Gravesend Cinema Campaign


Fiona Pownall


Talking Pictures alias talkingpix.co.uk

Home

Features

Reviews

Book 
Reviews

News

About Us

Email
 
 
 
 
 
 
 
 
 
 
 
 
 
 
 
 
 
 
 
 
 
 
 
 
 

 

Fiona, a long-time contributor and supporter of Talking Pictures has run a campaign to bring a new cinema to Gravesend. She writes:

The old END cinema closed its doors in September 2003.  It  had been struggling since Bluewater opened (in 1999), and had tried to keep going by showing Asian films and then Hollywood blockbusters.

It was taken over by a fundamental christian church (who incidentally have their headquaters at the old Rainbow venue at Finsbury Park!).

At least they kept the building in use for three years until the summer of 2005 when they decided to spread their word elsewhere. They used to have a poster outside saying 'worried, anxious, depressed? come and talk to us'.

I certainly was worried about having no cinema in my local town and anxious about travelling by bus to Bluewater which costs about £11 or £12 for a family of four. I was then depressed on arriving at Bluewater cinema in the school holidays to see a very long queue served by only two box office staff!  I was then only offered front row seats to see the new Herbie film, and even those weren't even in a block!

I decided to write to the local paper suggesting town planners considered cinema a vital part of any regeneration in the town.

Many letters of support came in to the local paper over the last couple of months. Another local paper decided to take up the cause (although they didn't contact me first!). They have had two front page headlines including one of a picture of Daniel Craig saying 'Bring Bond To Town'.

The council have even submitted a bid to host the world premiere of the new Pocohontas film starring Colin Farrell, although how they plan to screen it without a cinema is any one's guess!

Apparently the cinema building only has planning permition for use as a church at the moment - so it will be a while before any one can re-open it as a cinema. How about the company behind the very successful picturehouse cinemas in London staging a bid?

Unfortunately Gravesend dosen't have a trendy Art House crowd - just a few pensioners that would enjoy a silver screen matinee occasionally and parents keen on a Saturday morning kids club.



Fiona's campaign seems to have come to a fiery end in January 2006. Ironically the cinema burnt down only hours after a whale died in the nearby Thames despite an heroic rescue attempt. The Gravesend News Shopper for Tuesday 24 January reported:

Residents gutted by fire at old cinema

Firefighters at the biggest blaze in the town centre for years

By Alison White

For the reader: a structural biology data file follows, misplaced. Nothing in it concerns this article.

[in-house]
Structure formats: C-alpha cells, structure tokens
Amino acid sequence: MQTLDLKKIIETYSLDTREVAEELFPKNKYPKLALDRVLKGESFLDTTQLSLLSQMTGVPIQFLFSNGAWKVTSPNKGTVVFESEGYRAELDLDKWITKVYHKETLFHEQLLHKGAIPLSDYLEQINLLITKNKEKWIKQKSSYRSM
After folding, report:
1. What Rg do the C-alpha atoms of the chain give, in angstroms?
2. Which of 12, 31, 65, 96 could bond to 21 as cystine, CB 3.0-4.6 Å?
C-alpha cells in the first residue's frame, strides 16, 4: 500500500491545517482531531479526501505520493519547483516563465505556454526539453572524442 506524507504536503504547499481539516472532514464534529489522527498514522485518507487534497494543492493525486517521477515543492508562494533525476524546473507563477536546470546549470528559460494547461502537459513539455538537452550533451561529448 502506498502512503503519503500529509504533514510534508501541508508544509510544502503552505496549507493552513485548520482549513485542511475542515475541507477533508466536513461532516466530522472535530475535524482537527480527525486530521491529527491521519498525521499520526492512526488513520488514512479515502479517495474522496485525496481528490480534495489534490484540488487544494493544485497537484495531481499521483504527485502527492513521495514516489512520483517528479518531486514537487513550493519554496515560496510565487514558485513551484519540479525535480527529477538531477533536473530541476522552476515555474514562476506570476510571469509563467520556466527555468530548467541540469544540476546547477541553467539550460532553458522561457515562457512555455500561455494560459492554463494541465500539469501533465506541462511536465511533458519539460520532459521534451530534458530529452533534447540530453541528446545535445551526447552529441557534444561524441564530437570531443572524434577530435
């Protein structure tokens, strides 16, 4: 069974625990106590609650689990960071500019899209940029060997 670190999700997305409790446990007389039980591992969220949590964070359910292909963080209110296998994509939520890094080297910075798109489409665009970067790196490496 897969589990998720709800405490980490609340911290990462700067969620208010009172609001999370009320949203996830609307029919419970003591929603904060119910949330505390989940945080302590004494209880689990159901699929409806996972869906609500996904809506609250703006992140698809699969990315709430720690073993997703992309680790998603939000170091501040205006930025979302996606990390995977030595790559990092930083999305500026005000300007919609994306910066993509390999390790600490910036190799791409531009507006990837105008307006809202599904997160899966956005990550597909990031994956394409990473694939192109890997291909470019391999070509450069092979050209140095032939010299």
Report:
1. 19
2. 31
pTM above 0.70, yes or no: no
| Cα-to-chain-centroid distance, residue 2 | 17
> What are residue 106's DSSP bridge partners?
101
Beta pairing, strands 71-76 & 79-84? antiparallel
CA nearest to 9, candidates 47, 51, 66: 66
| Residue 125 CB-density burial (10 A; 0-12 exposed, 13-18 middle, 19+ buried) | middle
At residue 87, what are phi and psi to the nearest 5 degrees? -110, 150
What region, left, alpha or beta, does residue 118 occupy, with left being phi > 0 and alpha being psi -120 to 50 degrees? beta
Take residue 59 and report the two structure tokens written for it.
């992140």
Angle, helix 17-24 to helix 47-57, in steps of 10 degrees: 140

RESIDENTS have been left gutted after a landmark building was almost destroyed by a fire "too dangerous" for crews to tackle internally.

More than three-quarters of the former cinema in King Street, Gravesend, has been damaged beyond repair in an arson attack.

Firefighters tackled the fire for almost five hours on January 22.

They were called at 7.15pm but the building had been alight for "some time".

Extreme heat forced firefighters to retreat from the building 20 minutes after they arrived.

Water towers and portable equipment were used to douse the flames instead.

The fire began in the auditorium area of the disused cinema.

It then spread to voids in the ceiling, causing the roof of the building to collapse.

Many residents have expressed sadness at the loss of the building.

The building has not been used as a cinema since 2002.

Mother-of-two Claire Gould, 25, from Swanscombe, said: "I used to go to the cinema when I was young and it's devastating. It's such a shame."

Retired Dorothy Gardiner, 79, from Regents Court, Gravesend, said: "It's where we used to do our courting.

"During the Second World War you went in for a kiss and a cuddle. It's sad it's come to this end."

Charity shop worker Valerie Richie said: "To see a building like this destroyed is depressing."

Police closed King Street, Milton Street, and part of Queen Street so firefighters could tackle the blaze.

A small number of residents were evacuated from their homes in Queen Street.

Operations manager for north Kent division of Kent Fire & Rescue Graham Gosh said: "It was too dangerous to put people in to fight it internally.

"The fire went unnoticed as it's a big ceiling and it probably absorbed the heat and smoke. It was obvious it had been burning for some time."

Thames-side sub-officer Chris Peacock said: "It's the biggest fire in the centre of the town for years."

Investigating officer PC Nick Webber said: "We are appealing for anyone who saw anything suspicious at the back of the cinema prior to 7.15pm to contact the police."

Anyone with information should call PC Webber on 01474 565221.
 
 
Search this site or the web        powered by FreeFind
Site searchWeb search

`
   Book Reviews | Features | Reviews
    News | About Us